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Understanding the Genetic Causes of DM: Evaluation of the role of Other Gene Variants

Myotonic dystrophy is characterized by considerable variability in signs and symptoms that involve multiple body systems. In addition to variations resulting from repeat length and tissue-specific somatic repeat expansions, we know that gender can influence disease phenotype. Yet, there is a general lack of understanding of factors underlying heterogeneity of the DM phenotype. This warrants further studies of genetic factors, including the potential for additional disease genes and genetic modifiers.

Dr. Simone Rost and his colleagues at the University of Würzburg have explored the potential involvement of genetic variants in determination of DM-like phenotypes and recently published their results in the European Journal of Human Genetics. The team started with a cohort of 5,280 patients with a primary clinical diagnosis of DM evaluated in the Würzburg molecular genetics lab over a 10-year period. Of the cohort, 38% had repeat expansions in DMPK or CNBP, while a relatively small portion of the cohort (< 0.5%) was found to have mutations in genes associated with other types of muscular dystrophy (e.g., FSHD1, LMNA, PABPN1). 

A subset of the patients lacking the traditional DM1 and DM2 repeat expansions, but with DM symptomology verified by neurological exam, underwent further genetic analyses. No additional pathologic variants were identified in DMPK, CNBP, or CUGBP; patients were also free of mutations in 27 other muscle disease genes. The study identified three unrelated patients with potentially pathogenic variants in MBNL1.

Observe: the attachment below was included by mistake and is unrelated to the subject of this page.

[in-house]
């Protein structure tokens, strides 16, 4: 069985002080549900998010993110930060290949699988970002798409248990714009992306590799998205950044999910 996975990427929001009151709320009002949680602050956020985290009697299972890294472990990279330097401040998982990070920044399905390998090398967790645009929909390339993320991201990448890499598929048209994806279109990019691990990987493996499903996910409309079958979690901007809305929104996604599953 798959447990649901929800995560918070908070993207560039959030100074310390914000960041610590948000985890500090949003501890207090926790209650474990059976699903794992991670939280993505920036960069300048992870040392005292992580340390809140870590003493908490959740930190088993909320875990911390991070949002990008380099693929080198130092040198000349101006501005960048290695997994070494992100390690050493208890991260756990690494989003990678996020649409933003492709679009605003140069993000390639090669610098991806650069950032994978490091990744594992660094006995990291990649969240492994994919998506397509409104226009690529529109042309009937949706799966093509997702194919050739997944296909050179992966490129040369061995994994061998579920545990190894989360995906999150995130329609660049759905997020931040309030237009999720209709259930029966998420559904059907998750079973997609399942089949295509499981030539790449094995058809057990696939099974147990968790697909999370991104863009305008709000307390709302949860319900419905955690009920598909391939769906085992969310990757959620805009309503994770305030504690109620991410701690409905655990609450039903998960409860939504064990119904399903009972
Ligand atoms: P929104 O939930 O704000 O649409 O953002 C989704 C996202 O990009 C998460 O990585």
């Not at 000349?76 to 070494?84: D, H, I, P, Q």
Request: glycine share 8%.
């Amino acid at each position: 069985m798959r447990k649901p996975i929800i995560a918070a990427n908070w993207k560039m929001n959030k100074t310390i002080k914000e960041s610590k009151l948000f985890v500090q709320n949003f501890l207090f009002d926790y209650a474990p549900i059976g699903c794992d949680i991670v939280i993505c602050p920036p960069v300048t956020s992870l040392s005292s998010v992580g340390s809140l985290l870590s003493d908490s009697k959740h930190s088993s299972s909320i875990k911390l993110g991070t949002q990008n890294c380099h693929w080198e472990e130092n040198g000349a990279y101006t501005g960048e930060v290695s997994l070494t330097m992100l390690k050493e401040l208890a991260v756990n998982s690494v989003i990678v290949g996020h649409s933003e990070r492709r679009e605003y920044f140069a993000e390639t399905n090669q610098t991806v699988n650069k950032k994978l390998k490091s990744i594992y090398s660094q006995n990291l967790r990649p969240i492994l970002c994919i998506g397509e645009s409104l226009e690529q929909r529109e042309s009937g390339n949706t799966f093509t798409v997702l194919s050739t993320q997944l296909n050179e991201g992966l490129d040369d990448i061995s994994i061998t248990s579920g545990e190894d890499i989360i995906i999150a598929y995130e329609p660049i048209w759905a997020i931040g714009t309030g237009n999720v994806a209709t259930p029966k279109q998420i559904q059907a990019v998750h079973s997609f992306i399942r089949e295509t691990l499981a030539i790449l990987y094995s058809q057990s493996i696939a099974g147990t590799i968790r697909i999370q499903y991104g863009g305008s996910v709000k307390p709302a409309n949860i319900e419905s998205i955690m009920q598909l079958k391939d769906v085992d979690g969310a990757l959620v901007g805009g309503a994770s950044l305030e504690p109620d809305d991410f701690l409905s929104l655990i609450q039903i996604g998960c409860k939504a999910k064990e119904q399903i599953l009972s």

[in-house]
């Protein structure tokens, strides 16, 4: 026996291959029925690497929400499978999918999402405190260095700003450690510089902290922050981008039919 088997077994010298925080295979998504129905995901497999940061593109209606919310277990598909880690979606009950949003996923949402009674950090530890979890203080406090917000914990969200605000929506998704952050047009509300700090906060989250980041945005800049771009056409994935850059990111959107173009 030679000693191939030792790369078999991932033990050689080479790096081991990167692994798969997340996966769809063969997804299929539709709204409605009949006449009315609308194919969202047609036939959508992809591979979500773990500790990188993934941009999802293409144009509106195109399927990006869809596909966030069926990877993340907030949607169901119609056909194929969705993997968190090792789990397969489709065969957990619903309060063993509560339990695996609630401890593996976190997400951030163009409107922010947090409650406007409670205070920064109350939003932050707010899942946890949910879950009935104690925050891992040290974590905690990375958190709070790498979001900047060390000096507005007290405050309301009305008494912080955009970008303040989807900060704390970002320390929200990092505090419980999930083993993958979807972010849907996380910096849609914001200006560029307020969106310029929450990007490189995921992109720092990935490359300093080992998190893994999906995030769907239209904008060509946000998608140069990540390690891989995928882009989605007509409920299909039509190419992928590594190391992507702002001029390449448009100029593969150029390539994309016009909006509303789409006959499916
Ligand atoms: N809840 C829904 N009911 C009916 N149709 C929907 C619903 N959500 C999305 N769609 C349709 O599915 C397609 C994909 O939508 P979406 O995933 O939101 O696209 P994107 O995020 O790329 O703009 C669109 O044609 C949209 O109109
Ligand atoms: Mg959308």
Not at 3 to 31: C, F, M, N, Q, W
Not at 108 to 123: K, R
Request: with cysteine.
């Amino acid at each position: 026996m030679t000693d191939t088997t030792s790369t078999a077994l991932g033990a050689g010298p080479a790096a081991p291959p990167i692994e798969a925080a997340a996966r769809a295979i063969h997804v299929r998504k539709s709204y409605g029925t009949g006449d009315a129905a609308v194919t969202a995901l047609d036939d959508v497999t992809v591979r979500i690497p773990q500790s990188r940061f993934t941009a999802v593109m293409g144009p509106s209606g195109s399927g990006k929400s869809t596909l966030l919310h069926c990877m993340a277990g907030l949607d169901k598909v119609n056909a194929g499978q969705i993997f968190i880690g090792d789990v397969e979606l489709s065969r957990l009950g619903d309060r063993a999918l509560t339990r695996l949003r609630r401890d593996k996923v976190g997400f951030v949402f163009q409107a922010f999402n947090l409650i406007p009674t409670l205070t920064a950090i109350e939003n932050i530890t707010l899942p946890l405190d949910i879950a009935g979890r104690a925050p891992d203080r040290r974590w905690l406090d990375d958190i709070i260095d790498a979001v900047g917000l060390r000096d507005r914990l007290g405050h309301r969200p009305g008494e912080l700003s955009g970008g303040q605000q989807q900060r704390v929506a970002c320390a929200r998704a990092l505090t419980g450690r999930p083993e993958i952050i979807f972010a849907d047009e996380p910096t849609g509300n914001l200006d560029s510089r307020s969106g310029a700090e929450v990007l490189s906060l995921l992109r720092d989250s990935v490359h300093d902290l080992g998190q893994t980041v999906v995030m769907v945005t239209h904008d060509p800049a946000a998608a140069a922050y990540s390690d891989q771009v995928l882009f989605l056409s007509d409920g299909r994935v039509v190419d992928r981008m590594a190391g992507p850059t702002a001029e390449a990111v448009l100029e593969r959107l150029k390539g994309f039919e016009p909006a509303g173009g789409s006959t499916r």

Mice with mutations in Mbnl1 appear to phenocopy mice containing large DMPK repeat expansions, consistent with the known role of Mbnl1 in the pathogenesis of DM. To evaluate potential splicing changes due to the MBNL1 variants, the Würzburg team performed splicing assays for six genes that are mis-spliced in DM1, using peripheral blood leukocytes from the three patients. The authors failed to identify splicing alterations, but acknowledge the potential tissue specificity of DM mis-splicing.  

Taken together, Dr. Rost and colleagues have linked MBNL1 variants to a DM phenotype. However, despite careful analysis of thousands of patients with DM-like symptoms, only a small number of MBNL1 variants were identified. These findings suggest that MBNL1 mutations may not be more than a minority contributor to DM, and thus other potential gene variants or modifiers should be prioritized for population studies.  

Identification of variants in MBNL1 in patients with a myotonic dystrophy-like phenotype.
Larsen M, Kress W, Schoser B, Hehr U, Müller CR, Rost S. Eur J Hum Genet. 2016 May 25. doi: 10.1038/ejhg.2016.41.

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